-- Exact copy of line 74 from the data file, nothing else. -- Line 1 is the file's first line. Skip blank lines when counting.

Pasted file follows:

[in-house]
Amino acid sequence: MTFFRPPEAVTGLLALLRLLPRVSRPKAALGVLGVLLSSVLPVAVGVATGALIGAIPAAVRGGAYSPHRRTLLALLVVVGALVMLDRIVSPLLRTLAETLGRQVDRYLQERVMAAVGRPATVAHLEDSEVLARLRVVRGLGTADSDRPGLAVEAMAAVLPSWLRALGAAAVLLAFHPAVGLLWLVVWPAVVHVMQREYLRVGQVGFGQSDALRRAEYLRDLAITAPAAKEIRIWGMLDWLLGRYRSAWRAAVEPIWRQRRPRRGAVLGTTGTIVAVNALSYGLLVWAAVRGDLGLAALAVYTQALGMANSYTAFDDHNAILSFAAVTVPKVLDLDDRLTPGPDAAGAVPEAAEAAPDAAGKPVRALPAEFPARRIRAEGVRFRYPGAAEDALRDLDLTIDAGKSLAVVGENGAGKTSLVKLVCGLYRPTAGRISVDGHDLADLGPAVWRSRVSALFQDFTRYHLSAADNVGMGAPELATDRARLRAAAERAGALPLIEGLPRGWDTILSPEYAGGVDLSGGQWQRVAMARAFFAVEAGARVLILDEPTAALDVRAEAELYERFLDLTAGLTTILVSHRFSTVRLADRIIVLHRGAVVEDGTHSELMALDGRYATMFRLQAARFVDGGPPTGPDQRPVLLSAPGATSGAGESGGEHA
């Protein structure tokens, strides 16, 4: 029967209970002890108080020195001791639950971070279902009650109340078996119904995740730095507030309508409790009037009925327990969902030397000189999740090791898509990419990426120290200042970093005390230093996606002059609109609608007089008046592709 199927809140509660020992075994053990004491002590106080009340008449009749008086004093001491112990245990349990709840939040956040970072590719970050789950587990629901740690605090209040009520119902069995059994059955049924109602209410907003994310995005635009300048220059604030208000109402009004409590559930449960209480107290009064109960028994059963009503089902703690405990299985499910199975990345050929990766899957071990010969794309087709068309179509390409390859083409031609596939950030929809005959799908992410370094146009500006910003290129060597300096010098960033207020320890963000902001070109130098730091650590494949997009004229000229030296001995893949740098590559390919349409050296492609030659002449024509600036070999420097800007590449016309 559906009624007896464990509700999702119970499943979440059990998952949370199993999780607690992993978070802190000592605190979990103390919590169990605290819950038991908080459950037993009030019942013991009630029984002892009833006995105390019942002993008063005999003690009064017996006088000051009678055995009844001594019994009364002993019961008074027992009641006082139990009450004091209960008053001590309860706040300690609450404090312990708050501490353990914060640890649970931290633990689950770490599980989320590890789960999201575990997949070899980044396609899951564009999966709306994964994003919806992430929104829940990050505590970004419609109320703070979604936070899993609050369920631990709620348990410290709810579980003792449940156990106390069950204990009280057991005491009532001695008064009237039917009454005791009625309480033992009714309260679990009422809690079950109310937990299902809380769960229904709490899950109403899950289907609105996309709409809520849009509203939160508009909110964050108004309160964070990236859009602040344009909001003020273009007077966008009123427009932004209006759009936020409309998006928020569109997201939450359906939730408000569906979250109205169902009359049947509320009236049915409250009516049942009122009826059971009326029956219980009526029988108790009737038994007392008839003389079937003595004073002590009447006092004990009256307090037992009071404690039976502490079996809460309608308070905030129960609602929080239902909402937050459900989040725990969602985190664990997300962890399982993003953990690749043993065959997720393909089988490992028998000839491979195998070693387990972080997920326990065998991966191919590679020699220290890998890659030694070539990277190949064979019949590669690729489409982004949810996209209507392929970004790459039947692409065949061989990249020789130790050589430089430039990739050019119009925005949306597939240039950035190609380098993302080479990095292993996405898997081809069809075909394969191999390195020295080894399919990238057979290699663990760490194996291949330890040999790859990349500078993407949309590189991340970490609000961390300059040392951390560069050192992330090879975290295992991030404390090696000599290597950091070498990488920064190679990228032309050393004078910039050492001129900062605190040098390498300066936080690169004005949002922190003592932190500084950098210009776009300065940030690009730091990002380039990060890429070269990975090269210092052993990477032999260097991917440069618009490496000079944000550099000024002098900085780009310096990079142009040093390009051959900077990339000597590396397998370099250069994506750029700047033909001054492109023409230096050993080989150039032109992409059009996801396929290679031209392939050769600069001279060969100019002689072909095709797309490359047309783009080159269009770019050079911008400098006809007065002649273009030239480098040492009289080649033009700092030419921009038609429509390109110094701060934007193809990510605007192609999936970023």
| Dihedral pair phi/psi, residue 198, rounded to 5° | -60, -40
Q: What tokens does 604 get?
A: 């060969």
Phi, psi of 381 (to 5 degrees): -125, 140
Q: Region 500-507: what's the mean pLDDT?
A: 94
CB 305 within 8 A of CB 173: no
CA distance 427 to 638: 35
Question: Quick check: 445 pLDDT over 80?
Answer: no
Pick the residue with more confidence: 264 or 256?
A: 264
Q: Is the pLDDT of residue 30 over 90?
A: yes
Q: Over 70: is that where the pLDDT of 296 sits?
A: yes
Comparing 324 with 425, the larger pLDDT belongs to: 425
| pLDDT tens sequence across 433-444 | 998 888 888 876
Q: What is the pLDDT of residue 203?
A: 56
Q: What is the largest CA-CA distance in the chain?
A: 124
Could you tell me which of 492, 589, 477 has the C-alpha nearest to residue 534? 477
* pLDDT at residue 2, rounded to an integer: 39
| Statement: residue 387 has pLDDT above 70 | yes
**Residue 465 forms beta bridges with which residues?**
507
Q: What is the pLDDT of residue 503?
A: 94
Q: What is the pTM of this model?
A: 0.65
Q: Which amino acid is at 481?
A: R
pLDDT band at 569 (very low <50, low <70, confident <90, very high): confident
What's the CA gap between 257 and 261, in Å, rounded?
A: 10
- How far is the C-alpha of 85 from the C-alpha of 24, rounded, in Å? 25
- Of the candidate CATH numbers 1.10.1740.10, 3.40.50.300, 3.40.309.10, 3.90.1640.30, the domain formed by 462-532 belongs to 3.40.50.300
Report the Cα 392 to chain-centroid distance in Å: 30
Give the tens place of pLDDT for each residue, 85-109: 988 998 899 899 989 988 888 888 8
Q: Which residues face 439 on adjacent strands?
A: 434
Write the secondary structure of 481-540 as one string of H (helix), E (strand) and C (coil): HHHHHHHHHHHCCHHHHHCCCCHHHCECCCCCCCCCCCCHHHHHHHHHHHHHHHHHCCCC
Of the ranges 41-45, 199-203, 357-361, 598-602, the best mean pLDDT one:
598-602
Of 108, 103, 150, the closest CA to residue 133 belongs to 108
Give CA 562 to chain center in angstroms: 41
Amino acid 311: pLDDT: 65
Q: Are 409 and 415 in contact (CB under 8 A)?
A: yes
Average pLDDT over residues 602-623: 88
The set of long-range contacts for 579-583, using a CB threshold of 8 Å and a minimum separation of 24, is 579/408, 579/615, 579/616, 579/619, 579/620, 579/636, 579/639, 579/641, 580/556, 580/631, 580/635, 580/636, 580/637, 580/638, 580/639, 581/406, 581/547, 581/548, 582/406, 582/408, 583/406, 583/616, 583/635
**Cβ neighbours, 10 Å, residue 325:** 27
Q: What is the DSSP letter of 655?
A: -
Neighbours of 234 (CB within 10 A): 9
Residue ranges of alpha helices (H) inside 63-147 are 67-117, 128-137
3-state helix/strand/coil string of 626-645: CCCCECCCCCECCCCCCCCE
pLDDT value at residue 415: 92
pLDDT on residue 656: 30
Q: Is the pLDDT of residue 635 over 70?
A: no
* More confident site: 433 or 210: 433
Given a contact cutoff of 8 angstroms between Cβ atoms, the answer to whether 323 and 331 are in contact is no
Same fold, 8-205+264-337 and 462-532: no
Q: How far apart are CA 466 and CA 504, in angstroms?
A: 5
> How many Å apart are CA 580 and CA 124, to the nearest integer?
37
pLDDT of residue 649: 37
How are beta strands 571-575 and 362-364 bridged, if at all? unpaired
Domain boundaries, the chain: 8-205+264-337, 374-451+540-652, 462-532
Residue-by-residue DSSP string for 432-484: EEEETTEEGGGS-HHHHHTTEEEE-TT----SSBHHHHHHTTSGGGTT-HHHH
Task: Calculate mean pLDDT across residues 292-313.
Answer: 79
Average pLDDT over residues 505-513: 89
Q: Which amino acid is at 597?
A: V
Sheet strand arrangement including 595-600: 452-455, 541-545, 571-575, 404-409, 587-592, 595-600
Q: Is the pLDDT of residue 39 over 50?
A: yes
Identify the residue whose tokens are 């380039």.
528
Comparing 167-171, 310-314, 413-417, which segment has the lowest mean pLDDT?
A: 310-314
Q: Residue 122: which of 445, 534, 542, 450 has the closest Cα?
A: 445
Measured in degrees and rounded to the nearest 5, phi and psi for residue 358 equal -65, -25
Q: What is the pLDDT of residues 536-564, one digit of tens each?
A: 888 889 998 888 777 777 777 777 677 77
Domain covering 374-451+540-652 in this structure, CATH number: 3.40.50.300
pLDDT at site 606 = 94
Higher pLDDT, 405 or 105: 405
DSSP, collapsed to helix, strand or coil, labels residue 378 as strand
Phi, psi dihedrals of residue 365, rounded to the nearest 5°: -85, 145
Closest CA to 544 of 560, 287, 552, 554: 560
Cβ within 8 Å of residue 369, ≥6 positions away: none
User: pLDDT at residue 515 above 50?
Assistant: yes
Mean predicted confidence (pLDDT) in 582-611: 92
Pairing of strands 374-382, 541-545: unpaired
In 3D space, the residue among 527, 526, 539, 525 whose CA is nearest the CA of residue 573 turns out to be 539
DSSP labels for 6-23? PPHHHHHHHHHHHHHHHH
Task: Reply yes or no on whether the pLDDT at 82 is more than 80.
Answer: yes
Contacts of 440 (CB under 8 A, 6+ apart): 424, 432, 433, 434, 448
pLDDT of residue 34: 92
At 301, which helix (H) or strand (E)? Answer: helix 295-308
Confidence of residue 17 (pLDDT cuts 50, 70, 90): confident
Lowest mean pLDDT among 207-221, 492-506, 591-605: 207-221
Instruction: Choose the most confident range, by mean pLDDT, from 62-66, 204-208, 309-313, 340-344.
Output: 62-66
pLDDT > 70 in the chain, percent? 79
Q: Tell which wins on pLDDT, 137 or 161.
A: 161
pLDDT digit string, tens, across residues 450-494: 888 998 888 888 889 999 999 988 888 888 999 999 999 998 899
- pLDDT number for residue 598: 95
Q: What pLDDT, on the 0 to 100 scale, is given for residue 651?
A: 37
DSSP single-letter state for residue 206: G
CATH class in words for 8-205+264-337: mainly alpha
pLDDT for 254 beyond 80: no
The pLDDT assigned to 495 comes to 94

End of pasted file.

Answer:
How are beta strands 571-575 and 362-364 bridged, if at all? unpaired